With all of this in mind, it is probably reasonable to ask why it is a good idea to become a Christian in the first place.  I miss out on the sex and drugs and rock ‘n roll, I don’t get to make fun of people who are different than me, and I don’t get to cheat on my taxes with a clear conscience if I buy into this Christian thing, and in return I get  –  What?  Maybe I’ll go to heaven if I get the luck of the draw (if Calvin’s caricature is right), or maybe I get a crutch to prop my weak ass through the life that everybody else seems to be living just fine (NB: they aren’t!) .  Maybe I’ll just get the prestige of being the adherent to a barely tolerated subgroup in American society and earn the right to get a shellacking in the next election if I decide to run for president.

No, any benefit received by following the crucified Christ is not likely to be monetary, political or positional in society.  So what is it”  I have learned this Lent season that God is, as David Benner writes in “Surrender to Love”, madly in love with us.  Jesus does not stand between us and the shit that the world, the flesh and the devil throw at us.  Instead, He stands beside us, getting covered up in that shit the same as we are.  I count it a privilege to be covered in the same shit that the broken world threw on my God, and when He/She cleans me off some day I hope that He/she will clean off the world that was throwing it as well, and that all of us who will accept God’s grace will dine – no, dine isn’t the right word – will PARTY together, while those who chose to reject Christ to the end will nurse their grudges and drink their bitter cup in an outer darkness of their own choosing, in a prison or tomb locked from the inside.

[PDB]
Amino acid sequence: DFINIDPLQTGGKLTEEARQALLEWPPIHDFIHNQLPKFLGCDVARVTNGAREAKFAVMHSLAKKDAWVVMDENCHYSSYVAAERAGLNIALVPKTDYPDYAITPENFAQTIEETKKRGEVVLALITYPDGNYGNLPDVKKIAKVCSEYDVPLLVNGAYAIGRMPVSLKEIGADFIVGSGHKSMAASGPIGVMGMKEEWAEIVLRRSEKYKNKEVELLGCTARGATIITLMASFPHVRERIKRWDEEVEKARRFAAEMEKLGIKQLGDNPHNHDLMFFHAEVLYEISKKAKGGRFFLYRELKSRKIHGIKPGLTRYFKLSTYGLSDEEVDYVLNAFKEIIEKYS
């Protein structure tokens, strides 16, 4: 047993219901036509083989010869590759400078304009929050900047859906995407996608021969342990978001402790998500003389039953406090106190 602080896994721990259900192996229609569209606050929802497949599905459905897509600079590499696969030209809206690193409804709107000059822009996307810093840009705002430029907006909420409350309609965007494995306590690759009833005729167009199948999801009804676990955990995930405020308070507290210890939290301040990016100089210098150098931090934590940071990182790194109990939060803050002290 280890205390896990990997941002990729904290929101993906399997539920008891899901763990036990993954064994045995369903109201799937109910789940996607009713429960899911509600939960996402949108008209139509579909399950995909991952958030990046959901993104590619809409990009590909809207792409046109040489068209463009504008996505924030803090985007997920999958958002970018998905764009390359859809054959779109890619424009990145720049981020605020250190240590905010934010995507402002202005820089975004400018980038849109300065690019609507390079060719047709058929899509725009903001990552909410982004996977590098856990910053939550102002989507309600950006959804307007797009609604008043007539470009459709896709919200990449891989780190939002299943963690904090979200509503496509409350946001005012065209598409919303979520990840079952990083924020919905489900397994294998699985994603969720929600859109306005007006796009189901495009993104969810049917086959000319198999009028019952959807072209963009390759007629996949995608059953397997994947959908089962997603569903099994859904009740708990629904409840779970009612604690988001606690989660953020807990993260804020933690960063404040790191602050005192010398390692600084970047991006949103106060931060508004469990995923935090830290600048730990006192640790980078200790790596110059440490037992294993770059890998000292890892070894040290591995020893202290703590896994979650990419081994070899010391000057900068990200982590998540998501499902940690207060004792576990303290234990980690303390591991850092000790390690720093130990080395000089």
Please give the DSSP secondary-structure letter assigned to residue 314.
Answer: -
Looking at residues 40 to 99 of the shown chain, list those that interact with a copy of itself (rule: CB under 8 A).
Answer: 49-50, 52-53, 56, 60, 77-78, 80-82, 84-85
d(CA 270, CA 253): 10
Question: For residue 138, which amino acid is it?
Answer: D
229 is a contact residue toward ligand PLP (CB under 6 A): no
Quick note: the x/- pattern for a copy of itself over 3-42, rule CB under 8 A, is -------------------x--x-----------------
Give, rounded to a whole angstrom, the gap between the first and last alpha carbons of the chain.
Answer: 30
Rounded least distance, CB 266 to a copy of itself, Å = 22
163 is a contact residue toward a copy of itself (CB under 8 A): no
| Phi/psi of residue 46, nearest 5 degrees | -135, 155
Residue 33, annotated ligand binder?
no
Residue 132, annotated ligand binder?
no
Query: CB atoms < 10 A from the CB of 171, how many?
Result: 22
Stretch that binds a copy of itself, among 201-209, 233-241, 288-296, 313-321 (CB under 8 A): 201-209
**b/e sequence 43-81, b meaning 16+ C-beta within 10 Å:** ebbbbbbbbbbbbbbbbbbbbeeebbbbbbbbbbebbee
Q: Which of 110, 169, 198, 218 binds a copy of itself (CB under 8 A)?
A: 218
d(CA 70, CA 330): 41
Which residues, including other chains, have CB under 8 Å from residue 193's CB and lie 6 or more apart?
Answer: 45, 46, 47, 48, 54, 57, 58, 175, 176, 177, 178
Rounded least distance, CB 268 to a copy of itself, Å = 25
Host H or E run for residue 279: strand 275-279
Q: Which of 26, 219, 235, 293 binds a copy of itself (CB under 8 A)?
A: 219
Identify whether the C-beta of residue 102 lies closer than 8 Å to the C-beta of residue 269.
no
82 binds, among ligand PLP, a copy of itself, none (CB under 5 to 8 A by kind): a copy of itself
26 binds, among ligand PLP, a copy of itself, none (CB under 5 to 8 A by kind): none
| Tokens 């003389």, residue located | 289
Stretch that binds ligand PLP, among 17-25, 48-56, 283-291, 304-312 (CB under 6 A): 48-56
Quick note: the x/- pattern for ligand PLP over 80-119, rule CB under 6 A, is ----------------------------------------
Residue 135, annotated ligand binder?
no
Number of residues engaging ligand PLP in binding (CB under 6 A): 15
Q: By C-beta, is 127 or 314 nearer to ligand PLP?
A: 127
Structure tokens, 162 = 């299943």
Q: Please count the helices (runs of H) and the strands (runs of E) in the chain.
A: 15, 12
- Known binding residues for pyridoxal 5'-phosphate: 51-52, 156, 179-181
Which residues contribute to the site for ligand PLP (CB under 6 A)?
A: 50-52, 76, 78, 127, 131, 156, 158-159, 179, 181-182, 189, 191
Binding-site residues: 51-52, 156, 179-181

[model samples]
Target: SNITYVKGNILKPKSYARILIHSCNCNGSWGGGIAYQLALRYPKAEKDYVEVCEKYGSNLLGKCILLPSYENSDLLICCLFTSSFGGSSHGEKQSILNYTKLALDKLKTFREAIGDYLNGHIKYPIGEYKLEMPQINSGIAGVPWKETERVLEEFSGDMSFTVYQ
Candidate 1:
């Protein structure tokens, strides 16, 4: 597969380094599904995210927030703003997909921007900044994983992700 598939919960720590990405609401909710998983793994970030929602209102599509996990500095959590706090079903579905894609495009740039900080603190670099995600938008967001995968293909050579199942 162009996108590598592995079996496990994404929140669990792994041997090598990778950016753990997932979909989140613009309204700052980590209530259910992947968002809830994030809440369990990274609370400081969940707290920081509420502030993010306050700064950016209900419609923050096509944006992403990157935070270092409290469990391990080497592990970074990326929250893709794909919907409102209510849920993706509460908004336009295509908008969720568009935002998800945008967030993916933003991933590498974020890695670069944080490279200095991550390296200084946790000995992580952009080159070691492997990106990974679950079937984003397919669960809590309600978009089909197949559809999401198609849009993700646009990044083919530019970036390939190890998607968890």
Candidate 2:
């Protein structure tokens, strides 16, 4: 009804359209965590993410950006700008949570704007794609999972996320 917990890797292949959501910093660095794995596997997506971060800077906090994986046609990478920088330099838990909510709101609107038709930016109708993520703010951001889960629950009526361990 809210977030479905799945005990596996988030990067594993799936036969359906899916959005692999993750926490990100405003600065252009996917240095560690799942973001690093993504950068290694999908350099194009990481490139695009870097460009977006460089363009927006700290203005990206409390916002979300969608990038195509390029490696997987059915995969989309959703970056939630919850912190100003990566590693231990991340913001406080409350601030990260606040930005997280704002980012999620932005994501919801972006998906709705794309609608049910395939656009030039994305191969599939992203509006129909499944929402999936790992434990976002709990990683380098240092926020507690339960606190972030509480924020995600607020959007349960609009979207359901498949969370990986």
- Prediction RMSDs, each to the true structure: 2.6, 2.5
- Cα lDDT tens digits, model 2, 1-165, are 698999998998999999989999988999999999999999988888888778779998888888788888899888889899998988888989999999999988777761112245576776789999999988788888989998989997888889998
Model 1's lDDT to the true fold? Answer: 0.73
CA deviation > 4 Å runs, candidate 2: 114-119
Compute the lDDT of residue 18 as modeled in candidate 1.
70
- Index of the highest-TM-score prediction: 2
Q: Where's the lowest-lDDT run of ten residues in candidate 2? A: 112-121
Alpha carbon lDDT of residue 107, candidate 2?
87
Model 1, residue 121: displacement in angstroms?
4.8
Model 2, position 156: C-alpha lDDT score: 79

So yeah, life can be a bitch.  So what?  That’s not news.  Put your tough pants on.  Life is also a gift, and while you can’t always dial up the life you want, you can always draw on His/Her power to make it reflect a little bit of Christ back into the world.  For me, that is enough.

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Reflections On Lent, Day 26

Today I enjoyed what was probably the best church service that I have ever had the excessively good fortune to attend, and I have attended many very good ones.  Of course, there were other very good services conducted nearby and elsewhere but I simply did not attend them.  No matter.  I have been a committed Christian for over thirty years now and have been blessed by truly wonderful services at a number of churches.  This is not about any sort of competition, and there is no material prize.  I am only saying that I was blessed by today’s service at House of Providence in ways that I have never been blessed before.

What particularly was so special about today’s service?  Particularly, there was nothing special about it.  The music/worship was wonderful, but then it usually is.  The sermon went straight to the point and spoke to where I am right now, but then then it usually does.  The people, the prayer, the Prayers of the People; all of it was as good as usual.  But for me, today, all of these strands were blended together into a whole that salved my wounds and nourished my soul in ways that don’t happen just every day.